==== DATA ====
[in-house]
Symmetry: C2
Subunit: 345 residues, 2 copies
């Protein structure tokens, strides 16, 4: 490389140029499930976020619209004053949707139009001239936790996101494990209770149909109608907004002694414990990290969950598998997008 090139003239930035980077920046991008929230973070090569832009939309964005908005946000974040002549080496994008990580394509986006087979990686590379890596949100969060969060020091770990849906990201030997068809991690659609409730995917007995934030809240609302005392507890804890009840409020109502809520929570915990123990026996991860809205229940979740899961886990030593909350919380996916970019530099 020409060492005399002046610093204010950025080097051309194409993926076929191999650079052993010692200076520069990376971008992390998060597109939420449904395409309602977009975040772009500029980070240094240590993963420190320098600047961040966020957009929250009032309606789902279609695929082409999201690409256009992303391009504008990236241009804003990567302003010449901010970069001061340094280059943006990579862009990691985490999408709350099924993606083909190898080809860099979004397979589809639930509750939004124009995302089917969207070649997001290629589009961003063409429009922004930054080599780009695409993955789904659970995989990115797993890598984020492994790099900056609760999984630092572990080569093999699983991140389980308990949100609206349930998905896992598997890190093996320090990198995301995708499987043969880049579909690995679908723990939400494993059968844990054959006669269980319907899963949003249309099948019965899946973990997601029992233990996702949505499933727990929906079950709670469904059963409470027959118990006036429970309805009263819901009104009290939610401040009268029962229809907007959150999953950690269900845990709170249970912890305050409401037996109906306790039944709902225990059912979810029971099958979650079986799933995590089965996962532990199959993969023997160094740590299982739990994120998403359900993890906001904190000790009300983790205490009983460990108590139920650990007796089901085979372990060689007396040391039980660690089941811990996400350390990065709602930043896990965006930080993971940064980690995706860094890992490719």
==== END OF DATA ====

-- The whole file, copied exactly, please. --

[in-house]
Symmetry: C2
Subunit: 345 residues, 2 copies
């Protein structure tokens, strides 16, 4: 490389140029499930976020619209004053949707139009001239936790996101494990209770149909109608907004002694414990990290969950598998997008 090139003239930035980077920046991008929230973070090569832009939309964005908005946000974040002549080496994008990580394509986006087979990686590379890596949100969060969060020091770990849906990201030997068809991690659609409730995917007995934030809240609302005392507890804890009840409020109502809520929570915990123990026996991860809205229940979740899961886990030593909350919380996916970019530099 020409060492005399002046610093204010950025080097051309194409993926076929191999650079052993010692200076520069990376971008992390998060597109939420449904395409309602977009975040772009500029980070240094240590993963420190320098600047961040966020957009929250009032309606789902279609695929082409999201690409256009992303391009504008990236241009804003990567302003010449901010970069001061340094280059943006990579862009990691985490999408709350099924993606083909190898080809860099979004397979589809639930509750939004124009995302089917969207070649997001290629589009961003063409429009922004930054080599780009695409993955789904659970995989990115797993890598984020492994790099900056609760999984630092572990080569093999699983991140389980308990949100609206349930998905896992598997890190093996320090990198995301995708499987043969880049579909690995679908723990939400494993059968844990054959006669269980319907899963949003249309099948019965899946973990997601029992233990996702949505499933727990929906079950709670469904059963409470027959118990006036429970309805009263819901009104009290939610401040009268029962229809907007959150999953950690269900845990709170249970912890305050409401037996109906306790039944709902225990059912979810029971099958979650079986799933995590089965996962532990199959993969023997160094740590299982739990994120998403359900993890906001904190000790009300983790205490009983460990108590139920650990007796089901085979372990060689007396040391039980660690089941811990996400350390990065709602930043896990965006930080993971940064980690995706860094890992490719």